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Subject: Unicode characters in epub


I successfully generated an epub file with the epub stylesheets and tested
it on various e-readers (or emulators of e-readers). I have some annoying
problems with Unicode characters though and wonder what others do or

1. My book is about C++. Unfortunately "C++" is not a word - so e-readers
seem to break "C++" wherever they like. A line could end with "C+" or "C",
and the plus sign(s) is on the next line. I turned "C++" into
"C++" (which is already crazy as I don't know how often I
refer to C++ in my book). However this had some unfortunate side effects: If
 is used in the book title or titles which appear in the table of
contents, the Sony Reader displays rectangles (not in the body text though).
If I use  somewhere else like in "--option" in the body text
(to avoid that a command line option is broken after the double minus), the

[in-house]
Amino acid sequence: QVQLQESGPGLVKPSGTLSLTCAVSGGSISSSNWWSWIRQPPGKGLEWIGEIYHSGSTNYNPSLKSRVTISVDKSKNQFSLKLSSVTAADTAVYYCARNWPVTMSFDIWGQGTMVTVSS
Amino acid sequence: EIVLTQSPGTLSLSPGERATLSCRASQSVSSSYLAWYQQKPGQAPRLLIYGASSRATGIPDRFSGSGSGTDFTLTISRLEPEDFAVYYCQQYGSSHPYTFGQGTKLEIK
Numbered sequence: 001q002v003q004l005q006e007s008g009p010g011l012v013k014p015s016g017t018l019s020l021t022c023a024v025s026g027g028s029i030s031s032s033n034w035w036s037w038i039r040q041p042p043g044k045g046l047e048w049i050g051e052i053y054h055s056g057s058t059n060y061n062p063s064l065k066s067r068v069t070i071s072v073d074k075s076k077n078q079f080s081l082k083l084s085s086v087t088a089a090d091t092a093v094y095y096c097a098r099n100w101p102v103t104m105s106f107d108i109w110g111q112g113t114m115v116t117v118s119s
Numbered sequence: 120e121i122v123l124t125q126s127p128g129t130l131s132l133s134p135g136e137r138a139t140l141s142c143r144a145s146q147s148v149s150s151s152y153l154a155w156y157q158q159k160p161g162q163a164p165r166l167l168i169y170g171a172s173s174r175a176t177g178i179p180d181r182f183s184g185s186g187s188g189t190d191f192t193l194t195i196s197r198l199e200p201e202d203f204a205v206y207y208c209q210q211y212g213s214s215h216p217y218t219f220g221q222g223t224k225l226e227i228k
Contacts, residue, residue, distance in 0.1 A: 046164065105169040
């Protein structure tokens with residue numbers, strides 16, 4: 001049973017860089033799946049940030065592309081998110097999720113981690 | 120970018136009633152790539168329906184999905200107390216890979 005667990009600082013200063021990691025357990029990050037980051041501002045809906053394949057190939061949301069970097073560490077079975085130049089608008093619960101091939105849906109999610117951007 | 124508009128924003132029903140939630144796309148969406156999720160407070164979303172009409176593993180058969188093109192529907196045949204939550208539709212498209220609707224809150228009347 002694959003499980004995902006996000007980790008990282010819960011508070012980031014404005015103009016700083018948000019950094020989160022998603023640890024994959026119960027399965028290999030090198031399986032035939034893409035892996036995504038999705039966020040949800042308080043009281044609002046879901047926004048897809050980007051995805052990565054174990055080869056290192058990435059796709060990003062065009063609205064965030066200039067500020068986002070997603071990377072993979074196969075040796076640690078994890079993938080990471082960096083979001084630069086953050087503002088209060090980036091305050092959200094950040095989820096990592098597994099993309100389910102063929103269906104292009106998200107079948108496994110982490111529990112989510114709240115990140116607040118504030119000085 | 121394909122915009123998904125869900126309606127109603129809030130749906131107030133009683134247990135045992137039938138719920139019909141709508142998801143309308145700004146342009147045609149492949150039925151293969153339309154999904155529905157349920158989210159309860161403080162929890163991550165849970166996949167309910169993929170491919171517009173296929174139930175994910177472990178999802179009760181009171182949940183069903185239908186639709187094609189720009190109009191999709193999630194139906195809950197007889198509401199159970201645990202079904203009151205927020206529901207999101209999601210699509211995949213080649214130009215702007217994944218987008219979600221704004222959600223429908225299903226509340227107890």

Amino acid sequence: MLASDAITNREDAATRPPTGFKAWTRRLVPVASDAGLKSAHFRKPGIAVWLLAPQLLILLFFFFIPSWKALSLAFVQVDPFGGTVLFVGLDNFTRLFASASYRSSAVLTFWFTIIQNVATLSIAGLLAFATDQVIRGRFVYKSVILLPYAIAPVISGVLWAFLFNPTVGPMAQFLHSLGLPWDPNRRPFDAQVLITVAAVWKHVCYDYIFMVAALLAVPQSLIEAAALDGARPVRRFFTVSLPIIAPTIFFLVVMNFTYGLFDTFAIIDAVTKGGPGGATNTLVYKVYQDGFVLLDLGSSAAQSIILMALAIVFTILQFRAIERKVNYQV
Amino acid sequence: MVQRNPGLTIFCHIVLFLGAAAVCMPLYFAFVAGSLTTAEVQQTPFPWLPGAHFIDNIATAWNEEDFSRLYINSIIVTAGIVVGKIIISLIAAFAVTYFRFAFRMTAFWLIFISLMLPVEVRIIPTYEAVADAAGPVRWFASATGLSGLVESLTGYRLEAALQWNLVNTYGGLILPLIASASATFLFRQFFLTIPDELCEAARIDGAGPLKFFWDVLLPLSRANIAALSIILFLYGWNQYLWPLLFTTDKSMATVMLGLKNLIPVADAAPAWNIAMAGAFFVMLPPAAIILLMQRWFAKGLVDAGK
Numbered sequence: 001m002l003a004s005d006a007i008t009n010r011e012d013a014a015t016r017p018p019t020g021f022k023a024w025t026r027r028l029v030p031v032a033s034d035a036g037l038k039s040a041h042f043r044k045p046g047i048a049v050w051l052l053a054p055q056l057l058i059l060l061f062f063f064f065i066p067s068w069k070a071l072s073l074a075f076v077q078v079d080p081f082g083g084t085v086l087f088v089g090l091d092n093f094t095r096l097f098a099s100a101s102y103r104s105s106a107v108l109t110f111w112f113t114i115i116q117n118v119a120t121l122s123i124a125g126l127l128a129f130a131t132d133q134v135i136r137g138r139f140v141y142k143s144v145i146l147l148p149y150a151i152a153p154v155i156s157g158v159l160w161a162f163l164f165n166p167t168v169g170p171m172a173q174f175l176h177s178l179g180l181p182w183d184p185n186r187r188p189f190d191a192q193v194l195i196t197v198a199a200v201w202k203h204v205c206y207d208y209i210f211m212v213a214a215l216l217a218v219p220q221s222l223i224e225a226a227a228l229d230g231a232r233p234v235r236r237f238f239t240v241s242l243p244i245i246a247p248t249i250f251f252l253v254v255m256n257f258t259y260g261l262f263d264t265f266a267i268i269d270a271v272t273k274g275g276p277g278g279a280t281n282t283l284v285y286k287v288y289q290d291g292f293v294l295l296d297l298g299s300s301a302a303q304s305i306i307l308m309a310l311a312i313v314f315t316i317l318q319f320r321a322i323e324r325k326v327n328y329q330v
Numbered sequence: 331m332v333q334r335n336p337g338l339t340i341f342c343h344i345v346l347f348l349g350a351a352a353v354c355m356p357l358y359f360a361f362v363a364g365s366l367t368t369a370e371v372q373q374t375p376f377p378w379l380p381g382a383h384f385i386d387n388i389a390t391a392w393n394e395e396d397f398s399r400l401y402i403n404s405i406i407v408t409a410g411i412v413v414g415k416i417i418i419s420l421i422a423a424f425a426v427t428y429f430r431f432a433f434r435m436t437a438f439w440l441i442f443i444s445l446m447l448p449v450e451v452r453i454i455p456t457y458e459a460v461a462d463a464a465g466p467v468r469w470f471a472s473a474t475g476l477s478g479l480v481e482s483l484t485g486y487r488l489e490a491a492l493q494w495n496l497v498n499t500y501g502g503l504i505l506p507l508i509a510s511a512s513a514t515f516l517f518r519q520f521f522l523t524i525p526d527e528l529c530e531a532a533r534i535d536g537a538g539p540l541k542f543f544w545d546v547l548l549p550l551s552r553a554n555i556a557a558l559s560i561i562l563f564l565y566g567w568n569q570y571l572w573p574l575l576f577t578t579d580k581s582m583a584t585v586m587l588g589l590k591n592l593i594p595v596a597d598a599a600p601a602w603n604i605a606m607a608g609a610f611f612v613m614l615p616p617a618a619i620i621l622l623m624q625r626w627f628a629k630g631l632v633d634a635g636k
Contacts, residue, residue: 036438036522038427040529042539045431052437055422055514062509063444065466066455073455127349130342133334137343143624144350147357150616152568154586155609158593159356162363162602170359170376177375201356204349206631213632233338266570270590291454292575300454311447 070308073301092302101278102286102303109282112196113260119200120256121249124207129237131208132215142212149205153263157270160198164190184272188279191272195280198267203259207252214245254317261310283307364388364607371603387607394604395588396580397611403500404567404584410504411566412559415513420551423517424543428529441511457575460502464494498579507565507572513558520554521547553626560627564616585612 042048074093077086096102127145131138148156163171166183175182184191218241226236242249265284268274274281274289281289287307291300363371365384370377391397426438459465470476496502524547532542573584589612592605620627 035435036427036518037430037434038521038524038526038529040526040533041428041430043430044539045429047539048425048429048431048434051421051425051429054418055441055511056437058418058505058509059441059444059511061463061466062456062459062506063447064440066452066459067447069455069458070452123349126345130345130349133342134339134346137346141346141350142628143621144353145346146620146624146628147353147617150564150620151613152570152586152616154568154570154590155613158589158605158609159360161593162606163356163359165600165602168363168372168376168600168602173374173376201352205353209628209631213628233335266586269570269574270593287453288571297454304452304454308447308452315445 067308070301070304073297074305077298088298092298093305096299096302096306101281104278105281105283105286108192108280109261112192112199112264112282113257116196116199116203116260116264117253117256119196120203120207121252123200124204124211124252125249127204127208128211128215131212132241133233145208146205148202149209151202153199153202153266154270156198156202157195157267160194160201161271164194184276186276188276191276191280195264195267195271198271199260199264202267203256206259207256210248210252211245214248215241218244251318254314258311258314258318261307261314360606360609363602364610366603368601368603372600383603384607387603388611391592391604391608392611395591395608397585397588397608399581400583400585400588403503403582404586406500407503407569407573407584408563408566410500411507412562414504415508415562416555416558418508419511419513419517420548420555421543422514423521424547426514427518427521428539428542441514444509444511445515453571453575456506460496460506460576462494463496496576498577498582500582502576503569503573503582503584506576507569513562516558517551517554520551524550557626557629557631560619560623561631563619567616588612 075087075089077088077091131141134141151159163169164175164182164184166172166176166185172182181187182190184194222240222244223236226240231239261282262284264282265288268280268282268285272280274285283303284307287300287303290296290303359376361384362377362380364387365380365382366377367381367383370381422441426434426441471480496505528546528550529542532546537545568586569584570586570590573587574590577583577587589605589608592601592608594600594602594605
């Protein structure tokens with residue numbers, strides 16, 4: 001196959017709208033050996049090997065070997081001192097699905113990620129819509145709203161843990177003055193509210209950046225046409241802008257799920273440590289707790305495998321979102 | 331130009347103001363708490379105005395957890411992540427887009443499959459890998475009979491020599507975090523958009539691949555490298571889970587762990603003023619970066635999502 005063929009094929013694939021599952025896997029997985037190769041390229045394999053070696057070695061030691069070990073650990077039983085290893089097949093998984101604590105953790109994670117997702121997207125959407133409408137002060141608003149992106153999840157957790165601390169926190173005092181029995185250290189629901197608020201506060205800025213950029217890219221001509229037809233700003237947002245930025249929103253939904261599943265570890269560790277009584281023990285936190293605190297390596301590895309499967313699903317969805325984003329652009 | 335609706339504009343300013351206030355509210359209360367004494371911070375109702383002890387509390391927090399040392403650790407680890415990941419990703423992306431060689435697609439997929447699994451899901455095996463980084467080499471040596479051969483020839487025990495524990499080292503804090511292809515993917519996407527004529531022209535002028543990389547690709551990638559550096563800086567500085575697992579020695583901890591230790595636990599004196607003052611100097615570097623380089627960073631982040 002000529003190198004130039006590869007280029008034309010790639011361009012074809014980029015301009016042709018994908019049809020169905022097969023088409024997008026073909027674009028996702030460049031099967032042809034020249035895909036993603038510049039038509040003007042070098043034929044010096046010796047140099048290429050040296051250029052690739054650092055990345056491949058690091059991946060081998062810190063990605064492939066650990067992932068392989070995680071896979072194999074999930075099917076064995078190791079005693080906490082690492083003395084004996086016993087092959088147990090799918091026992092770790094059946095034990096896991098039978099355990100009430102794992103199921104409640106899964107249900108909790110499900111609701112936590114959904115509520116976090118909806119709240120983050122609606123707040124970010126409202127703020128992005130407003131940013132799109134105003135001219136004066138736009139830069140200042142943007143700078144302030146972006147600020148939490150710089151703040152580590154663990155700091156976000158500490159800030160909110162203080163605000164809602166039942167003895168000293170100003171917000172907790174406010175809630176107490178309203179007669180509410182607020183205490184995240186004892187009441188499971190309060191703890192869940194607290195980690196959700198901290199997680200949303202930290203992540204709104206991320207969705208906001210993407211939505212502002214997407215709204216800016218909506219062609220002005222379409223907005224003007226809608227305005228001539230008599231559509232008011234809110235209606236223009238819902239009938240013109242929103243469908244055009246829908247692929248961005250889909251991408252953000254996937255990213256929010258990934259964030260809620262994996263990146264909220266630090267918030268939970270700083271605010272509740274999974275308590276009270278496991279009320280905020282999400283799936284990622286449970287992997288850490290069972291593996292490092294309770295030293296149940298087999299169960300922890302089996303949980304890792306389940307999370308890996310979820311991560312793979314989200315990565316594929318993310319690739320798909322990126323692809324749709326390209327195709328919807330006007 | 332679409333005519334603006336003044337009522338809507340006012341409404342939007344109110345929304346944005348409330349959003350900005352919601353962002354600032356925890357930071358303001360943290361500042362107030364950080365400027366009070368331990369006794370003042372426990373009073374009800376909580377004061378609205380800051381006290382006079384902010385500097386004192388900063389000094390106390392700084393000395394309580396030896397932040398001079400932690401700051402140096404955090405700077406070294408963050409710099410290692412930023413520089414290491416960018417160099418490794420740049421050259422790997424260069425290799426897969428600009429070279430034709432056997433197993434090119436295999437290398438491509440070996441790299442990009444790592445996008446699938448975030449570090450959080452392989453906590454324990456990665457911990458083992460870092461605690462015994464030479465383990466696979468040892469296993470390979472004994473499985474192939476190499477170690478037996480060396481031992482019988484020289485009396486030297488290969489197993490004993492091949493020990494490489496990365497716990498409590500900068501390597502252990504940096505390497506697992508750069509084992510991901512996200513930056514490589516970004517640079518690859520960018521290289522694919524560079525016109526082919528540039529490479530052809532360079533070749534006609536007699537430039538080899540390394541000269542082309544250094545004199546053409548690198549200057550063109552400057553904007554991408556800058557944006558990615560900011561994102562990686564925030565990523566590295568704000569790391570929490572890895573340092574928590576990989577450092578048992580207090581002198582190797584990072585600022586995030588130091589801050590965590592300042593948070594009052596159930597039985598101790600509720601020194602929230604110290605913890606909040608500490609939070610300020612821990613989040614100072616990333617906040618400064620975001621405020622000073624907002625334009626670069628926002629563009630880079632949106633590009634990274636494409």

Sony Reader displays something like "--`option" (and still breaks after the
double minus). I don't know whether this is only a problem with the Sony
Reader. But if in doubt I prefer line breaks than having some readers to see
rectangles or other funny characters everywhere. 

2. Some e-readers like the Sony Reader and the Kobo Touch don't break long
words. If you have a book about C++, you can have very long paths to header
files or very long macros. The Kindle does the right thing and puts a line
break into a word which you can't read anymore otherwise. I tried different
CSS properties like word-wrap and overflow-warp but to no avail. Is there
any trick to make e-readers break words by all means if they are too long? 

3. I use a table with three columns in my book which is already difficult to
display on a narrow e-reader. If there are some long words, e-readers can
mess up completely (because of 2.). So I added ­ here and there to
insert soft hyphens. The Sony Reader, Kobo Touch and Adobe Digital Editions
do break the words now where I put ­ - but they don't display a hyphen!
Adobe Digital Editions does display a hyphen in the table of contents if I
add ­ to a chapter title - although the chapter title doesn't need to
be and isn't broken in the table of contents. Only the Kindle seems to do
the right thing. 

My conclusion is that one better doesn't try to beautify an epub with
Unicode characters? I think I'll use ­ where it's absolutely required
to break words (like in a table with three columns) because I know that some
parts of the text will not be displayed at all. Otherwise it's probably
better to blame the e-reader? ;) 


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